“What does it actually mean that I’m a real princess, or that I’m getting married?” Keesler would wonder. “I would even consider how I would hold a suitor’s hand in the Rose Adagio or how I would hold my husband’s hand in the third act.”
Anli worked to portray Aurora in the early scenes with “a youthful, playful side.” As the Sleeping Beauty blossoms into “a woman and a queen,” she infused a royal air into her depiction.
“Any time you’re doing a ballet that’s regal, the technique has to be as flawless as possible,” she says. “There’s no room for being sloppy or making mistakes.”
Of course, behind the magic is the grind of daily rehearsal, the repetition and effort to give the production its weightlessness. But that’s “the pleasure of the rehearsal process, to help achieve that growth,” Hineline notes.
“If they were professionals, they would be asked to learn it in a short time, but this is how the classroom and rehearsal studio education at CPYB work together,” he says. “They’re taking the time. They’re developing the characters. By the time you finish the process, you almost always see kids stepping up and growing in a way that even we, who know most of them from the first steps in ballet, are surprised by.”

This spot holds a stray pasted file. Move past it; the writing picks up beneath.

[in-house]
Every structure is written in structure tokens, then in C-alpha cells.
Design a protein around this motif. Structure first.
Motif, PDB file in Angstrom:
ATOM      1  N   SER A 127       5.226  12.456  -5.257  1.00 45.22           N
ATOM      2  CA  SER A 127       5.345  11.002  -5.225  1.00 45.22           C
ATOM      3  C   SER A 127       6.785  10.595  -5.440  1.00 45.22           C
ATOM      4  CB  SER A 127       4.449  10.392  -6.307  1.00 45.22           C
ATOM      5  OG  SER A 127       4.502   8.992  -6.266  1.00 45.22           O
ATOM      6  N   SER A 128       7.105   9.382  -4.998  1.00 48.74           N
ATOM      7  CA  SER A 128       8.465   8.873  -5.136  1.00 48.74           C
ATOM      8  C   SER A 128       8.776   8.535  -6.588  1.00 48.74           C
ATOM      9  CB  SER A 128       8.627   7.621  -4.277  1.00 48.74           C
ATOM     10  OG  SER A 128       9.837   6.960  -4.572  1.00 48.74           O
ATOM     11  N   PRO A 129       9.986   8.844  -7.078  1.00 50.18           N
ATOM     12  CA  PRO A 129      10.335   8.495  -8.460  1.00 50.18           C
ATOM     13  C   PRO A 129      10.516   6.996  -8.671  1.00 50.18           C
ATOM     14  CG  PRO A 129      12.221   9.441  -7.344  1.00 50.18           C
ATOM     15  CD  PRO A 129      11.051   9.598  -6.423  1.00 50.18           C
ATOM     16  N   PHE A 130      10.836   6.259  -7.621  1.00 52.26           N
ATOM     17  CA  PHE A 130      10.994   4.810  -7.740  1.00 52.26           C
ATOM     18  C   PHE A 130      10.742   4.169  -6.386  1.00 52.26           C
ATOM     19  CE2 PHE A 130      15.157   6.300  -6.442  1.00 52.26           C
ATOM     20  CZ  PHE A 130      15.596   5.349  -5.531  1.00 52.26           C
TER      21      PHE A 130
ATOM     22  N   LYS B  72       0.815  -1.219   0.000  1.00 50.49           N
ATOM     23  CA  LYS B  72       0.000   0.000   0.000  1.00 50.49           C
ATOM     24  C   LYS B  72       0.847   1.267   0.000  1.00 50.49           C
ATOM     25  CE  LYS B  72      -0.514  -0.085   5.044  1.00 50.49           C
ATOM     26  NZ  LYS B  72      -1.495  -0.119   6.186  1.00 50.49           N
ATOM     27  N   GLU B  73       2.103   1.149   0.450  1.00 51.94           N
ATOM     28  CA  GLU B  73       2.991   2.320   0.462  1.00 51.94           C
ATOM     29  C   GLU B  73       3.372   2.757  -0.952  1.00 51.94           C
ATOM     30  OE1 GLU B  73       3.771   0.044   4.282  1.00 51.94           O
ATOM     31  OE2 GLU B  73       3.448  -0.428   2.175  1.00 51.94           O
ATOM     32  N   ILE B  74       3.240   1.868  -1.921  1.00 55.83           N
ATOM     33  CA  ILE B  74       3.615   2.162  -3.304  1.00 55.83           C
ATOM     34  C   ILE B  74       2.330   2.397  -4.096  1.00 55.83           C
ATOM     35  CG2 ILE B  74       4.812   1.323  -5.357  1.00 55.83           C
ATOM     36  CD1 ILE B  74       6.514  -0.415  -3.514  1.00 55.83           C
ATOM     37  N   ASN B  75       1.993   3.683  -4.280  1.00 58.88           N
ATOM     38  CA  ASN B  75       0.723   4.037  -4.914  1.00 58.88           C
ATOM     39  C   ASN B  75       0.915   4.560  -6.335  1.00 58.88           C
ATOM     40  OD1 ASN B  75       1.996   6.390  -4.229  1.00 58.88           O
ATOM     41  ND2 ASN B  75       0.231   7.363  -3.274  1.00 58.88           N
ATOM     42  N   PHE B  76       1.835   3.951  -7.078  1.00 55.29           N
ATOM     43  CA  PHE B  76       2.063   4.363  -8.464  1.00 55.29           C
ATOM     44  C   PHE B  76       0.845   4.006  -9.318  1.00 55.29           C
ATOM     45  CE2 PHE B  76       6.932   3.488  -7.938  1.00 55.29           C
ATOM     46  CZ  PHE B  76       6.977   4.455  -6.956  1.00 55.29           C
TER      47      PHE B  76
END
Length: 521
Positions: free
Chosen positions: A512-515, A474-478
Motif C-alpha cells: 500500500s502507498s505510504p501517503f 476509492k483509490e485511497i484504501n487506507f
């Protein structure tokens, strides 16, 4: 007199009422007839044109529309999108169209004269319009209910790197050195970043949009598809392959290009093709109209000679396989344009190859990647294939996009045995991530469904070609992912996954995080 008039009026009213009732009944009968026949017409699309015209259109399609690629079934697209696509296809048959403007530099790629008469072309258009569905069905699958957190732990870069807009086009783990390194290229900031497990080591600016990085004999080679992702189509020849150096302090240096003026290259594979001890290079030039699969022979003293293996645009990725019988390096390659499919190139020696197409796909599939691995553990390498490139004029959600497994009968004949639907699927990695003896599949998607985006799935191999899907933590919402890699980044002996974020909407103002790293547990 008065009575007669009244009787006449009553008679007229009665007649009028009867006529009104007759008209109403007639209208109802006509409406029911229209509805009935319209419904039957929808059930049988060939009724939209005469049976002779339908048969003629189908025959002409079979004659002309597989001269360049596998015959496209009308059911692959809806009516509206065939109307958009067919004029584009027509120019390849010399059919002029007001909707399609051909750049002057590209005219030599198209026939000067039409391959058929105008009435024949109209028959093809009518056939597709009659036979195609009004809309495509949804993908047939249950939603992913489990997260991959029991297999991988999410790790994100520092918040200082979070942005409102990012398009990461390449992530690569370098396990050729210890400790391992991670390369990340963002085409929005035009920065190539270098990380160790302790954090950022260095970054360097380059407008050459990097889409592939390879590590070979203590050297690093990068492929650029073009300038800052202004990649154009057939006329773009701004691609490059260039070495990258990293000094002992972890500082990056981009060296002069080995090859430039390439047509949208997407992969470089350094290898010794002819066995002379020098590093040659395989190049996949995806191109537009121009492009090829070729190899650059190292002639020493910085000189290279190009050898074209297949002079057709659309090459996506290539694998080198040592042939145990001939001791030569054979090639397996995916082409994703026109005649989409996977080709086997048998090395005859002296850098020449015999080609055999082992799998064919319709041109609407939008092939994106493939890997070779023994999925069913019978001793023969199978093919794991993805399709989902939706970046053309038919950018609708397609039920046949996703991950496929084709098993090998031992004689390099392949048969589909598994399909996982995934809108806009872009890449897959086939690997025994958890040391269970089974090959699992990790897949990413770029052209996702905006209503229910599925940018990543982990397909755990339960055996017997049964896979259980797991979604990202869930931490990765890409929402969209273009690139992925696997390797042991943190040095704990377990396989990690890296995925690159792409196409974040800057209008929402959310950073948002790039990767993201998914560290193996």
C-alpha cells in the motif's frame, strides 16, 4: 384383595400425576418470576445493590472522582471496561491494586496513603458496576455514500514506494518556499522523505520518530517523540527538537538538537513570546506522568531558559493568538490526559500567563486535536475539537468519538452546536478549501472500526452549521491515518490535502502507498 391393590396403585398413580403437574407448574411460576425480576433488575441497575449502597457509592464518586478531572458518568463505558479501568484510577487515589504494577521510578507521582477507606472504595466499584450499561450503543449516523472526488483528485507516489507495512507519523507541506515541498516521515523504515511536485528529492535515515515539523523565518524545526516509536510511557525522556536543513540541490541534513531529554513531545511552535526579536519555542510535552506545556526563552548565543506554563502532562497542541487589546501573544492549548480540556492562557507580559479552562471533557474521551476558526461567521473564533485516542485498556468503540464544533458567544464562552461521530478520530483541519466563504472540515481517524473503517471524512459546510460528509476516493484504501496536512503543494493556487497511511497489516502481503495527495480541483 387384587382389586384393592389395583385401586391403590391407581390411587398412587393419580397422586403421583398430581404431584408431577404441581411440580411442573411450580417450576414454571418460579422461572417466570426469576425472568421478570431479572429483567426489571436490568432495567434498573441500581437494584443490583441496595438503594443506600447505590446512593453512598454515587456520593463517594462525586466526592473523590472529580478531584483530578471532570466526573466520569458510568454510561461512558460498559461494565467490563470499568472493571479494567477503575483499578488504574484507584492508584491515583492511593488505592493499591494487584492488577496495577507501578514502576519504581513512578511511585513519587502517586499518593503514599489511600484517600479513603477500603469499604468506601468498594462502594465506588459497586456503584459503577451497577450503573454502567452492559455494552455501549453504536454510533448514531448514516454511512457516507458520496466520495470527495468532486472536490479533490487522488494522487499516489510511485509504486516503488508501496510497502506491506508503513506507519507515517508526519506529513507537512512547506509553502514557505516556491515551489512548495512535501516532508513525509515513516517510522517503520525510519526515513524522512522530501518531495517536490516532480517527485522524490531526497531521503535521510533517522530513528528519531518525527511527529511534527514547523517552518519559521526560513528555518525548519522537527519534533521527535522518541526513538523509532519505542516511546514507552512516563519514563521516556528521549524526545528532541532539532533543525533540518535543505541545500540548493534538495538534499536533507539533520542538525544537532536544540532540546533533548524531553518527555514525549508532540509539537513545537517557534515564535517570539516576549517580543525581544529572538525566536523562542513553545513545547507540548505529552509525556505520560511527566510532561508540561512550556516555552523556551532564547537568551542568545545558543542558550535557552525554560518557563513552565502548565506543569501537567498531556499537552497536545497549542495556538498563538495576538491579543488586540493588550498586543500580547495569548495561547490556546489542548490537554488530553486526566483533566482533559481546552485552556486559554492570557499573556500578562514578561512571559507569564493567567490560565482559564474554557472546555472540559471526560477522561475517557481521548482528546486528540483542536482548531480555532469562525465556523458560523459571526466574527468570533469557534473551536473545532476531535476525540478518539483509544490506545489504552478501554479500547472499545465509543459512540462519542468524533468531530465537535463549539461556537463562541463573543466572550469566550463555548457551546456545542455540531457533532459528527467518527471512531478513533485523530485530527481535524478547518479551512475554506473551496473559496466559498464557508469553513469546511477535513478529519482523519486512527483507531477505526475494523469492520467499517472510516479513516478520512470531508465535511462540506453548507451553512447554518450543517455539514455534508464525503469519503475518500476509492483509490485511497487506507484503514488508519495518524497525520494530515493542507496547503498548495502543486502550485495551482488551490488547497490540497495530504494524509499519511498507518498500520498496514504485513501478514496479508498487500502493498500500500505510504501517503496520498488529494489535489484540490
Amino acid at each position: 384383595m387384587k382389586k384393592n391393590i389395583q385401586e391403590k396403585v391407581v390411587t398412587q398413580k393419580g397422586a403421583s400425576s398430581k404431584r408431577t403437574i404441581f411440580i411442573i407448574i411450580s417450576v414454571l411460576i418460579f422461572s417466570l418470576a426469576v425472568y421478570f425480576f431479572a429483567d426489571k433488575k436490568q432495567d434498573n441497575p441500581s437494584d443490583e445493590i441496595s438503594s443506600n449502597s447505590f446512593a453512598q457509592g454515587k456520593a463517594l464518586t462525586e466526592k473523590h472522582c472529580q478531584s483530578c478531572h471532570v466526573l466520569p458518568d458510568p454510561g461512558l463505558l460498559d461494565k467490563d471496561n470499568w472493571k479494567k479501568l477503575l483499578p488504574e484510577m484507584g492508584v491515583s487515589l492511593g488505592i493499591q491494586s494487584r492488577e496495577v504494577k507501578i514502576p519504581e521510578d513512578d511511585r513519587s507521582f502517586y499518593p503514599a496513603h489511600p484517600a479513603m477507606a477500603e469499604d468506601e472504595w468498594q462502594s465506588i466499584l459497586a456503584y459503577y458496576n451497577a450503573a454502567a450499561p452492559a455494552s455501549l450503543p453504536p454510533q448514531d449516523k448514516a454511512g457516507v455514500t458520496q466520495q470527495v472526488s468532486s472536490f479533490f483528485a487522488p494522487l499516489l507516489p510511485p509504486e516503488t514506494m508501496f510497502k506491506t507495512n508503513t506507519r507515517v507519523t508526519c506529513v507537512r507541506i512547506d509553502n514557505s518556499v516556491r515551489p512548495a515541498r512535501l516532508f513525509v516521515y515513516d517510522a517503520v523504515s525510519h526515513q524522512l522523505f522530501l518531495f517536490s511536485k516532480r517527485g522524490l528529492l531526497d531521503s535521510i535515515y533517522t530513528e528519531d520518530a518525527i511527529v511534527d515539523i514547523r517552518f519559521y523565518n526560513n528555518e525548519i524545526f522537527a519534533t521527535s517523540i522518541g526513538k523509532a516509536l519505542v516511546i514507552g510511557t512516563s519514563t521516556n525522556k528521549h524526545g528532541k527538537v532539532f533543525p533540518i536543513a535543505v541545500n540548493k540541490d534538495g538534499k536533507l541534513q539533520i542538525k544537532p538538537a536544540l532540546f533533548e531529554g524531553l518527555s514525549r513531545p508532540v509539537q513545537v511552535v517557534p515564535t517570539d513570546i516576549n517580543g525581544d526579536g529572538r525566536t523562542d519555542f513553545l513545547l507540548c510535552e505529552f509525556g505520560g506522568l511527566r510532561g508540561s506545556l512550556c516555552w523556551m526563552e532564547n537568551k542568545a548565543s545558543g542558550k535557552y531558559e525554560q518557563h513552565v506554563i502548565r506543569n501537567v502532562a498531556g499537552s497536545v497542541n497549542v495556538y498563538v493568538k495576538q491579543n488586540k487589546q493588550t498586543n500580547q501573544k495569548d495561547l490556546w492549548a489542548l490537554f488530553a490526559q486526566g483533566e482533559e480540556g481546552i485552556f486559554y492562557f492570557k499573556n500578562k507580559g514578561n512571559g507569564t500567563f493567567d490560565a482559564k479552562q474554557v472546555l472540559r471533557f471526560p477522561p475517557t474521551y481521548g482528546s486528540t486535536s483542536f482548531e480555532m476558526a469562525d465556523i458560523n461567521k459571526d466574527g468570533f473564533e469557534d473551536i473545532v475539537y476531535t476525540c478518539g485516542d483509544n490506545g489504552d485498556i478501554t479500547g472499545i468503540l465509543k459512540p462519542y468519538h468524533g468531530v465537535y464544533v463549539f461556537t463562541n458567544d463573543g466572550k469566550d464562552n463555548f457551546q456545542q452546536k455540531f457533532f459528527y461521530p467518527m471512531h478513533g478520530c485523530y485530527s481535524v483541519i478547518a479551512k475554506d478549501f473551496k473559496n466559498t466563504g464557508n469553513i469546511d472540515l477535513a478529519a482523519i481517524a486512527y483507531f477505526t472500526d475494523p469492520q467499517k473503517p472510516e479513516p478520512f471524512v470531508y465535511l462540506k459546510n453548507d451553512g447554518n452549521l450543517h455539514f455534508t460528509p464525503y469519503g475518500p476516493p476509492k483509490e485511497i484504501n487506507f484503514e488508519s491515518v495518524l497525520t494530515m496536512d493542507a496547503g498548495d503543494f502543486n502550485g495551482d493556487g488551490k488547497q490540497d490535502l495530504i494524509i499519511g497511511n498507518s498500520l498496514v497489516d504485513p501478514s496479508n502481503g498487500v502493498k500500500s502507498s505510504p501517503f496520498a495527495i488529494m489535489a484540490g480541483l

These days, anyone can turn on a cell phone and watch a dancer execute challenging technical moves with precision, notes Keesler. CPYB-trained dancers, constantly reminded that “this is an art form and not just a sport,” give more by layering their flawless technique with acting, imagination, and artistry.
“An audience can enjoy technical aspects, but more than that, they want to feel something,” she says. “They want to go to the theater and be able to feel a range of emotions.”
Keesler will forever express her gratitude to CPYB Founding Artistic Director Marcia Dale Weary “for everything she does and has done and continues to do.”
“It’s a very special school. I hope that the Auroras and the fairies and every character in the CPYB production of The Sleeping Beauty can find fulfillment and enjoyment throughout the process,” she says. “Because I did.”
Diane McCormick is a Harrisburg-based writer and lifelong lover of the arts. She is a regular contributor to the Harrisburg Patriot-News/pennlive, Harrisburg Magazine, The Burg, and Susquehanna Style.